Fight! Tactics

So, how do the new mechanics change your fight tactics?

I’m especially curious about weapon speed. At first I didn’t get it, but then I realized that if a WS 2 reflexes B4 wants to get in three strikes, he’s going to have to swap something out on his second or third action. Does this sort of thing affect how you script against an enemy?

How about positioning? Now you spend the whole exchange at the same weapon distance (more or less), how does this change how you script? I suppose if you get a shitty position, you tend to script a lot of defensive actions to avoid penalties? (Which, I guess, makes Feint all the more tempting for the other guy?) Or do you fuck up his script by starting with a Persona-fueled Beat?

Luke pulled a great trick at the GenCon social. His orc was up against a dwarf and he took a superficial wound in the first exchange. At the end of the exchange he disengaged, shrugged off his superficial wound to get rid of the +1 Ob penalty, then re-engaged the dwarf.

It was pretty awesome.

I love the new positioning rules! What a neat trick pseudoidiot/Luke!

The Engage positioning roll makes me want to spend Artha for it because it lasts for the entire Exchange now.

Weapon Speed didn’t seem to affect much – I’ve never experienced anyone scripting Strike after Strike anyway.

Stance Changes are awesome now. Lose the Engage? Script a Defensive Stance Change action (maybe not on the first action) and Avoid after that. Block is superior usually but Feint would hurt, and they’d probably be expecting defensive actions.

Also if somebody has a knife and they have the Advantage then script a Push or Lock or whatever and lose the penalties. I’m not sure what I’d do against a spear if I had an axe/mace/whatever and lost the Engage though.

Lock is great, even better than before.

Once I reengaged, I scripted Agg Stance, Strike, Strike, Strike with my short spear. It didn’t score a wound, but it was a very effective tactic for rattling my opponent’s nerves and tearing up his armor.

The new Fight rules give you a lot more information to play with than the old fight rules. Once advantage/disadvantage is determined, there are clear optimal paths – if you’re at a disad, frex, use defense actions since they’re not penalized – that are modified by the amount of disadv, your weapon and your armor.

The rules also stress action choice a lot more than the old rules. Your choices are very important in this iteration, which is how it should be.

Pro-tip: When you’ve got a shit ton of armor, don’t fight like you don’t. hangs head

Beat is now a killer tactical move in that it allows you to steal the advantage in the middle of the exchange. If you lose the positioning advantage but can pull off a successful Beat early in the exchange, you can really hose your opponent.

I ran a Fight demo at Gen Con in which I gave the newbie Brechtanz and I took Robard. That match up is generally a death sentence for Robard (I’d been watching him get slaughtered all day). Brechtanz won the Engage test with his sword, putting Robard at a +2 Ob penalty for non-defensive actions with his dagger.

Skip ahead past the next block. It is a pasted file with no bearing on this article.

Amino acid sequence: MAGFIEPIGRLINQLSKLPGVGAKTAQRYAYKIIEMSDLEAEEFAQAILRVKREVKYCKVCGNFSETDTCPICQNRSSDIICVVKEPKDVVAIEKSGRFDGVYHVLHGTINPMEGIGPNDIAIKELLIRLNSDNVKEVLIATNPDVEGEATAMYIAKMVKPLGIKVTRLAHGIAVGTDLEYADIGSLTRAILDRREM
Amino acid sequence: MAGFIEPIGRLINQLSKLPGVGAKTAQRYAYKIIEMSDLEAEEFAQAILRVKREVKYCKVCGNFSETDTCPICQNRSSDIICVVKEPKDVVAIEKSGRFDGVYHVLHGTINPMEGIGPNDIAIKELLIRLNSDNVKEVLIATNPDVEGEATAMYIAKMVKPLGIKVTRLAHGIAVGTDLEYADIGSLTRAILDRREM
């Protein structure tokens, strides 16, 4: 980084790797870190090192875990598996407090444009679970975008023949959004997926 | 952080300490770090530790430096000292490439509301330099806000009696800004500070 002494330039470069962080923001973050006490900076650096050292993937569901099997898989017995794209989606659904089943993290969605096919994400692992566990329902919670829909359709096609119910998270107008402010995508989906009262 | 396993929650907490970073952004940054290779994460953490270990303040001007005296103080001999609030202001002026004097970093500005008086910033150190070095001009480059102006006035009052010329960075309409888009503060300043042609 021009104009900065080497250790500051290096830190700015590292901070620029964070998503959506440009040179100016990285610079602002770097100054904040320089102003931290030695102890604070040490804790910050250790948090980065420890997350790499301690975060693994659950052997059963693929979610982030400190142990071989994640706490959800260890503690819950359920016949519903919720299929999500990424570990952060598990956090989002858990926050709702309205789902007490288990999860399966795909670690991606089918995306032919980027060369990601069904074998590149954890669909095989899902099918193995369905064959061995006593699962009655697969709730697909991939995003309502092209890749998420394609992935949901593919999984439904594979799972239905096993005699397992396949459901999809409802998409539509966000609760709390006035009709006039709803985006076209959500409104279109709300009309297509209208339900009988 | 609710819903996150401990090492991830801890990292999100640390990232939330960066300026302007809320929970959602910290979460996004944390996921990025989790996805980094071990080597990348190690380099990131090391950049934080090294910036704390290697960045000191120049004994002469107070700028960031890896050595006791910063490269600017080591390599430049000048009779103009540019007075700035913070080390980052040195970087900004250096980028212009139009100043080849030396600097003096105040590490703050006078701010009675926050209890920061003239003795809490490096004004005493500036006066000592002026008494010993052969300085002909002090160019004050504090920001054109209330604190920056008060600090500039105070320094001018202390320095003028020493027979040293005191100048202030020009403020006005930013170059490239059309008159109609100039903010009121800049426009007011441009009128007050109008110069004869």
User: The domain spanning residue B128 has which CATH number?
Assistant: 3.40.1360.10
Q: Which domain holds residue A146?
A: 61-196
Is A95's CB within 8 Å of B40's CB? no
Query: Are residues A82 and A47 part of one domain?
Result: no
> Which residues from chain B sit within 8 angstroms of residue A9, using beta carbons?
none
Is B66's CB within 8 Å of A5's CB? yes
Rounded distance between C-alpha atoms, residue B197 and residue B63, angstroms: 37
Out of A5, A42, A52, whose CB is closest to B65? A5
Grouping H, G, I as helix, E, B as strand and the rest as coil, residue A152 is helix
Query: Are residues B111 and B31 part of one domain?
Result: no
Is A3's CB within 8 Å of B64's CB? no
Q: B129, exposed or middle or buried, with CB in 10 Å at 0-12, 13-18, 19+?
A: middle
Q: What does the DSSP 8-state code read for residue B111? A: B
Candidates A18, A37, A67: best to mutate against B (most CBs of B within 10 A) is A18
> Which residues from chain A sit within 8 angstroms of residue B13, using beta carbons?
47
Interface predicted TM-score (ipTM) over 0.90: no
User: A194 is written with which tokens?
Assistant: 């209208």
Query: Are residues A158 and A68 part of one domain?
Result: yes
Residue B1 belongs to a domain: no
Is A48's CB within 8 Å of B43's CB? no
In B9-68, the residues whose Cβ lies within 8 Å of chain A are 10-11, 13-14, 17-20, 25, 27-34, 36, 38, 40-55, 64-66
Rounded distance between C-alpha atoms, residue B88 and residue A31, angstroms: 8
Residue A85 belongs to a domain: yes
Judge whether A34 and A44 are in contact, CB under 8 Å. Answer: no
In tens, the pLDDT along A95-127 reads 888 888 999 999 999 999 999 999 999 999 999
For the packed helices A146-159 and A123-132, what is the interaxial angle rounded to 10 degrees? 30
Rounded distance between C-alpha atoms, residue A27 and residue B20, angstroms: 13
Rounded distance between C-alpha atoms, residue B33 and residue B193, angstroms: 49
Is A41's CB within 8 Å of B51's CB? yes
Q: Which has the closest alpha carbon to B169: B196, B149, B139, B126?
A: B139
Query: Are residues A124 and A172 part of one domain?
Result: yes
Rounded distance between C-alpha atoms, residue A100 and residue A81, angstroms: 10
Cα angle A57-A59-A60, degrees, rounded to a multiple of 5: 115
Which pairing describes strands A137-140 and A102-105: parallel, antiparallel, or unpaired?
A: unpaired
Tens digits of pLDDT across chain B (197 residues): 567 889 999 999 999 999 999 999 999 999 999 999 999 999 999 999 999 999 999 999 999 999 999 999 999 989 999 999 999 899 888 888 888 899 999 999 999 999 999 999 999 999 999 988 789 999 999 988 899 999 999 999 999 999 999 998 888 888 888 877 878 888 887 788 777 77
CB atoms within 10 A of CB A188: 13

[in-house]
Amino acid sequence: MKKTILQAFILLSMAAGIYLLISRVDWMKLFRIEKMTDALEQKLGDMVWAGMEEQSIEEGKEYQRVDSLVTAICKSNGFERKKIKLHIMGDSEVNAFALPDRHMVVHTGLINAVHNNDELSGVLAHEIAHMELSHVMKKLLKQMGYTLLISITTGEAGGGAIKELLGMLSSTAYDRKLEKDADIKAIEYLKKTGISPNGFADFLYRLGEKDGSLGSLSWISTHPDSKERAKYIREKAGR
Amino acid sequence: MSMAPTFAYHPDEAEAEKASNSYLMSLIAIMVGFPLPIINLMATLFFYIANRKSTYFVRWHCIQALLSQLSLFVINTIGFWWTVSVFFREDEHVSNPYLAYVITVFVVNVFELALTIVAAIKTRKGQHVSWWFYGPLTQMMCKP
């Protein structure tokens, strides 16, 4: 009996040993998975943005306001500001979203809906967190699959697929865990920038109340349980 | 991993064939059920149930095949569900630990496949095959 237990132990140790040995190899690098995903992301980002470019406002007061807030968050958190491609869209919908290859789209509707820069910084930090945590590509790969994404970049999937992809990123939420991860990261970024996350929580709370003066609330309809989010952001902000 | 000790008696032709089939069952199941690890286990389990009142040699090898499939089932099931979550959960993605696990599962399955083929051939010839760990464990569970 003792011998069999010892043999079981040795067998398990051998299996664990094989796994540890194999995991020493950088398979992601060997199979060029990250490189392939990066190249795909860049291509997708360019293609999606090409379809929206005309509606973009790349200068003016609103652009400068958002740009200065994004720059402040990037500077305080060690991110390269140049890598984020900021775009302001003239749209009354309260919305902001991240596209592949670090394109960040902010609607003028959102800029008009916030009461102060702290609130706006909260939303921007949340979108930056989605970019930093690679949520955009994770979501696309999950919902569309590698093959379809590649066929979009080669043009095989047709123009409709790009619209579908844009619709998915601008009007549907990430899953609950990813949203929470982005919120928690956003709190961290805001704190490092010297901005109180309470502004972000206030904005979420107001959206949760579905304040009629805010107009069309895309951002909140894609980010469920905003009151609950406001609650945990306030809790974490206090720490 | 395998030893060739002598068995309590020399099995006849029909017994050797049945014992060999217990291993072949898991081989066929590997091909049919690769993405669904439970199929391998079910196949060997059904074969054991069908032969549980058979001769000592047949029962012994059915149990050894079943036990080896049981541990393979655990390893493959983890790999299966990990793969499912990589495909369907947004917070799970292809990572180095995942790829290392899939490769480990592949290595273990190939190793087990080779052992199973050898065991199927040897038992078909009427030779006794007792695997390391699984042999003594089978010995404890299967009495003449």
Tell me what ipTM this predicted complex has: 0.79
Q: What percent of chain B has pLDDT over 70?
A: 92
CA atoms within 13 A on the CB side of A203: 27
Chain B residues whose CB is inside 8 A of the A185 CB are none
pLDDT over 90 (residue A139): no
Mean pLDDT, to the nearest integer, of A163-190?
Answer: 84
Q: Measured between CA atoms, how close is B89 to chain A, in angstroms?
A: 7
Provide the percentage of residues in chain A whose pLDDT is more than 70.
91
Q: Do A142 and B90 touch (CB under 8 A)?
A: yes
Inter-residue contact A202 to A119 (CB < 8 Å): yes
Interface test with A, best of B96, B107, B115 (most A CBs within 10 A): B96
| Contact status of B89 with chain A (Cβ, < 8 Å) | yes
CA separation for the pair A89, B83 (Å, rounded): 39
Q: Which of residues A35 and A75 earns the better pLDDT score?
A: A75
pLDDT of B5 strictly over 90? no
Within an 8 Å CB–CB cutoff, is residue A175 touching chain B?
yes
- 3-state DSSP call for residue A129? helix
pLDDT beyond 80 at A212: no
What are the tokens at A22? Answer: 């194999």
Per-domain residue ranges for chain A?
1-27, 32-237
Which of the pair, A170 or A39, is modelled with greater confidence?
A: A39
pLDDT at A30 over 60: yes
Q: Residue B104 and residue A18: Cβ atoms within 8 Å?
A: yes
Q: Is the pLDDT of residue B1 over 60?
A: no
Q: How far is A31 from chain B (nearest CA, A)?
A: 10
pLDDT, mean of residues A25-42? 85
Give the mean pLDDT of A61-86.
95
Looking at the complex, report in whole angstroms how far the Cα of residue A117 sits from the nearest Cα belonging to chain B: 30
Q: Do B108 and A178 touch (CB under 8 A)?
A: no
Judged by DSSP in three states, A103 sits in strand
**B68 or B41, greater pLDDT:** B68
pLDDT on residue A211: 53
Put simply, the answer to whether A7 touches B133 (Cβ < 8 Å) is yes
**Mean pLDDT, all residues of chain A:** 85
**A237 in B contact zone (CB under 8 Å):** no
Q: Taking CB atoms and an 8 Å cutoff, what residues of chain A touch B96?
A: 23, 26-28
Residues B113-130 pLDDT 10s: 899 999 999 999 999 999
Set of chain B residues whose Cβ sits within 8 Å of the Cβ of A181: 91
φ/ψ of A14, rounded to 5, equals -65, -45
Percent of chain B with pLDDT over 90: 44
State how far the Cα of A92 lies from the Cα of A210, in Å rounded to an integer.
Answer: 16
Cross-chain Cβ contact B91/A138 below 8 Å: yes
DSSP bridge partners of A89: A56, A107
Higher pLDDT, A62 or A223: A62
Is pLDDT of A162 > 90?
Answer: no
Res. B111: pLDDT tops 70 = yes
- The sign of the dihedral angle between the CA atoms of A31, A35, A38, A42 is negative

I gambled and scripted Beat, Strike, Strike Strike. I was successful in the Beat and the advantage shifted to me. Brechtanz was now suffering the +2 Ob penalty on all non-defensive actions, and unfortunately for him he had scripted all offensive actions. I eventually managed to drill through his armor and plug him with a Superb strike from the knife.

Disarm is similar to Beat. Harder to pull off, but greater payoff.

Would you say the new positioning for advantage rules make combat more or less chaotic than under the old system? Seems to me that while it offers new avenues for strategy, it decreases the random factor quite a bit. Is this assumption correct?

The new system is designed to enable more informed choices, but there is still plenty of chaos.

Yeah, I noticed that Beat actually seems amazingly useful in the new system. If you’re heavily disadvantaged, its’ going to be hard, but that’s why you’ve got artha! Plus, the disadvantage mechanic actually makes it easier to get harder weapon tests in a Fight!, and you’ll be more inclined to use those tactics because they’re actually quite useful!

One question regarding Weapon Speed, as I wasn’t quite clear based on the book: does the number indicate the number of consecutive strikes, or the number of strikes per exchange? Or does it indicate both? Something in the weapons section made me think that there was a per exchange limitation as well.

I can see why you’re confused, but the rule is for consecutive Strikes/Great Strikes as described on page 467.

Page 466: per exchange.

So I go and say…

And you…

Prove me wrong! :stuck_out_tongue: